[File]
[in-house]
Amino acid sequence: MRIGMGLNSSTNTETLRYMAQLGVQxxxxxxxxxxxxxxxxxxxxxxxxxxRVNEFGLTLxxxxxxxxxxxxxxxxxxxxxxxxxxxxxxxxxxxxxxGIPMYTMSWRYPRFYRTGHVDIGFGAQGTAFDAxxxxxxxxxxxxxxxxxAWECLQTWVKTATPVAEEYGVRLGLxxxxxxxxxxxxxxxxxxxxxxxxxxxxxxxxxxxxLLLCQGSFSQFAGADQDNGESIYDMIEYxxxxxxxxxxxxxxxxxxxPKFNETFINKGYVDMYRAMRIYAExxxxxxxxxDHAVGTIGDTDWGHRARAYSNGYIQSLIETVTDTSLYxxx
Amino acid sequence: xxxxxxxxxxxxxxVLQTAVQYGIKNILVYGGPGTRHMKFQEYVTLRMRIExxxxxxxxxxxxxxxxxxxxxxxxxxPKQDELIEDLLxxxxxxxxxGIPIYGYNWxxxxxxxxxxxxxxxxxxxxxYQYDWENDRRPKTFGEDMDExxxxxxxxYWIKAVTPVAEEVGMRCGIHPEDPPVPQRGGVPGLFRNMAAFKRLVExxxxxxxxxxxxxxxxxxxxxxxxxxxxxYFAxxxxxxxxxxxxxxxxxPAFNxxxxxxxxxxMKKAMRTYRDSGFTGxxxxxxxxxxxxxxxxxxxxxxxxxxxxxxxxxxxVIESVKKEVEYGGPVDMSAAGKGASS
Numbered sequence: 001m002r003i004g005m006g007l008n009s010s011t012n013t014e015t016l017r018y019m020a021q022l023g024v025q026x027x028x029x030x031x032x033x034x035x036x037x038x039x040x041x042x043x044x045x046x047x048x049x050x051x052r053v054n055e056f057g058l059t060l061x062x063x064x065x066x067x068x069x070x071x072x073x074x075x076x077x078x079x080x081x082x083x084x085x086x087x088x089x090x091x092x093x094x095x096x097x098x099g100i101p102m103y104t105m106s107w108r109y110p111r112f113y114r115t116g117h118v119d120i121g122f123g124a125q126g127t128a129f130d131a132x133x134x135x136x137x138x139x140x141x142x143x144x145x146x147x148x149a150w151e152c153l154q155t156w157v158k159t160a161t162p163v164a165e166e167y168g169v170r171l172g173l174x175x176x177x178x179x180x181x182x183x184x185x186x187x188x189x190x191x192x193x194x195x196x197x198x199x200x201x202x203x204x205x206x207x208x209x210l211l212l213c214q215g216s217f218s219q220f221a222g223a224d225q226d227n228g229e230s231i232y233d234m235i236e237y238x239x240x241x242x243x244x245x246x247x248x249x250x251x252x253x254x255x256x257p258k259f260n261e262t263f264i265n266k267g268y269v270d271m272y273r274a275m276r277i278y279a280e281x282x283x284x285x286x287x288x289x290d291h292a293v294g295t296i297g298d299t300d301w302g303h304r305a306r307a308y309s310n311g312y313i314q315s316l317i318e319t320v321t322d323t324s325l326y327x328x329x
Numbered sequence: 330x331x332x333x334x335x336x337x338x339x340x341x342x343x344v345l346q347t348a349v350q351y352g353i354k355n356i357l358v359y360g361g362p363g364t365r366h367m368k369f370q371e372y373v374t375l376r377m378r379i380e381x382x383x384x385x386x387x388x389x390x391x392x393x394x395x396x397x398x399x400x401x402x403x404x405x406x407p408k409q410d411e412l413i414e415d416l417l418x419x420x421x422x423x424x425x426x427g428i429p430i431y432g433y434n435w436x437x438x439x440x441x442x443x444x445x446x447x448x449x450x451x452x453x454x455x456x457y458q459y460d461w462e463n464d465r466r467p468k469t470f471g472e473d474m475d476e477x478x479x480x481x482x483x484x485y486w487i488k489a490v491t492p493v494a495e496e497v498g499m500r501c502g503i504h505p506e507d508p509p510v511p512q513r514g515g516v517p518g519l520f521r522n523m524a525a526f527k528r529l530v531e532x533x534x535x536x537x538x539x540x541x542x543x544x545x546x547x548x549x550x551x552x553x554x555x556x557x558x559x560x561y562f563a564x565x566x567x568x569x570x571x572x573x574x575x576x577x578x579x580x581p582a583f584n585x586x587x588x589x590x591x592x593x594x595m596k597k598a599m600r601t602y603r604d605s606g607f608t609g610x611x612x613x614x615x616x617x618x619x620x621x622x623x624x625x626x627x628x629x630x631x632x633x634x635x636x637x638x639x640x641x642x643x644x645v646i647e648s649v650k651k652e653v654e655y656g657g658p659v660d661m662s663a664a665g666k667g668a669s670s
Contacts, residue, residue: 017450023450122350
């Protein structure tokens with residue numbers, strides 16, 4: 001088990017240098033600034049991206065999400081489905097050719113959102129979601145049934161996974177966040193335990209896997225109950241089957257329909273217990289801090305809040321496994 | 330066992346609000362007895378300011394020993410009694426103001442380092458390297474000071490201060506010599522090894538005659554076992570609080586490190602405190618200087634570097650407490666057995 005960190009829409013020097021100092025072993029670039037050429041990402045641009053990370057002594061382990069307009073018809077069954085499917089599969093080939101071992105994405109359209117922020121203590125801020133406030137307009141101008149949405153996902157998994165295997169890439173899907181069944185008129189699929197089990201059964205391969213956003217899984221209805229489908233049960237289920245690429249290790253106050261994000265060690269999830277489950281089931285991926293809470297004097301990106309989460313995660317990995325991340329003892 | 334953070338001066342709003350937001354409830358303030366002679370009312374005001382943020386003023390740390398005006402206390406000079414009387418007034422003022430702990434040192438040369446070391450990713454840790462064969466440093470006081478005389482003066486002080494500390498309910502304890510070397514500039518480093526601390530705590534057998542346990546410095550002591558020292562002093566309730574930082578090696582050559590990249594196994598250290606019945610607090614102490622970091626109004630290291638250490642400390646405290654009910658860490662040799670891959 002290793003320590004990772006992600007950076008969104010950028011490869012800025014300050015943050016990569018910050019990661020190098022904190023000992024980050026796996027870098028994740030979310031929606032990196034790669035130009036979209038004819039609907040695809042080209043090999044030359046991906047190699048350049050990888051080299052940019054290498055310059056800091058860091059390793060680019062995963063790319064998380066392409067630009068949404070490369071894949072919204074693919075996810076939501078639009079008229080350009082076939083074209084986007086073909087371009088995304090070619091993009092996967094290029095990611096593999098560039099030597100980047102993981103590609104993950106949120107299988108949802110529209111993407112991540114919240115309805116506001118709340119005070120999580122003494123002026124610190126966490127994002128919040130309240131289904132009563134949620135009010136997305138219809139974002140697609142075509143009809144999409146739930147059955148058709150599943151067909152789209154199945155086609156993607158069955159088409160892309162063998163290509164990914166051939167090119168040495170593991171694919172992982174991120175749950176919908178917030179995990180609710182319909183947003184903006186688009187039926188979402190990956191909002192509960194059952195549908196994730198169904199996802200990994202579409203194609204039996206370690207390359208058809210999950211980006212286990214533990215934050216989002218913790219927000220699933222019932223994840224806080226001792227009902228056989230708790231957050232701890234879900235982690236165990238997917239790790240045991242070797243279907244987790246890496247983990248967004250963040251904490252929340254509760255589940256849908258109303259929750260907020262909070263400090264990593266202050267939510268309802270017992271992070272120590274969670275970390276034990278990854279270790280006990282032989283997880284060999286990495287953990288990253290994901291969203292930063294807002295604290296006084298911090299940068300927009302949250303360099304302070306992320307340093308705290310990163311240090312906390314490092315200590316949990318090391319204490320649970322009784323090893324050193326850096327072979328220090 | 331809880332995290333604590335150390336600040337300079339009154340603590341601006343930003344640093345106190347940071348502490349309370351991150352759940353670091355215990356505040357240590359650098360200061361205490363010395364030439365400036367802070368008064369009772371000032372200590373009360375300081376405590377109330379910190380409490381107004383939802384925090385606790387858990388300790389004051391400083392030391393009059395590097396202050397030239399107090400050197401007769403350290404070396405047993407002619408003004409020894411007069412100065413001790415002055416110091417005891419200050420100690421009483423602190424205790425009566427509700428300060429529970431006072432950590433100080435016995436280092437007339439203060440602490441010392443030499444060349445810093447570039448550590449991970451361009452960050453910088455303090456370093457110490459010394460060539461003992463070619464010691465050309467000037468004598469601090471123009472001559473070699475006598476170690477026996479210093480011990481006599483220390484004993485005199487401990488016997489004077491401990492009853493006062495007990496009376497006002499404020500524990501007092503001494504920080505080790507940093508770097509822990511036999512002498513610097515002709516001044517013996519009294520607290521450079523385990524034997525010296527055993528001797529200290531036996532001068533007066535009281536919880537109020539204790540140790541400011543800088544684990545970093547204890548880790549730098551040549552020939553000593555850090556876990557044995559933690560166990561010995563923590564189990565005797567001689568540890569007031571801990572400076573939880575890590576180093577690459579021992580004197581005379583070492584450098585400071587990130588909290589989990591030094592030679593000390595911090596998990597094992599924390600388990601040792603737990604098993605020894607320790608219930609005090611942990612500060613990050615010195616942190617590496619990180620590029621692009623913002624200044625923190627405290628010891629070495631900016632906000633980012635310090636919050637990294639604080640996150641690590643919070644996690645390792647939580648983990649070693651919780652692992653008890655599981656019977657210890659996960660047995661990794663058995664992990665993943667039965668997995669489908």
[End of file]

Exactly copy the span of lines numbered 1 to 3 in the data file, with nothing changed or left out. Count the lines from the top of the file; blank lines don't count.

[in-house]
Amino acid sequence: MRIGMGLNSSTNTETLRYMAQLGVQxxxxxxxxxxxxxxxxxxxxxxxxxxRVNEFGLTLxxxxxxxxxxxxxxxxxxxxxxxxxxxxxxxxxxxxxxGIPMYTMSWRYPRFYRTGHVDIGFGAQGTAFDAxxxxxxxxxxxxxxxxxAWECLQTWVKTATPVAEEYGVRLGLxxxxxxxxxxxxxxxxxxxxxxxxxxxxxxxxxxxxLLLCQGSFSQFAGADQDNGESIYDMIEYxxxxxxxxxxxxxxxxxxxPKFNETFINKGYVDMYRAMRIYAExxxxxxxxxDHAVGTIGDTDWGHRARAYSNGYIQSLIETVTDTSLYxxx
Amino acid sequence: xxxxxxxxxxxxxxVLQTAVQYGIKNILVYGGPGTRHMKFQEYVTLRMRIExxxxxxxxxxxxxxxxxxxxxxxxxxPKQDELIEDLLxxxxxxxxxGIPIYGYNWxxxxxxxxxxxxxxxxxxxxxYQYDWENDRRPKTFGEDMDExxxxxxxxYWIKAVTPVAEEVGMRCGIHPEDPPVPQRGGVPGLFRNMAAFKRLVExxxxxxxxxxxxxxxxxxxxxxxxxxxxxYFAxxxxxxxxxxxxxxxxxPAFNxxxxxxxxxxMKKAMRTYRDSGFTGxxxxxxxxxxxxxxxxxxxxxxxxxxxxxxxxxxxVIESVKKEVEYGGPVDMSAAGKGASS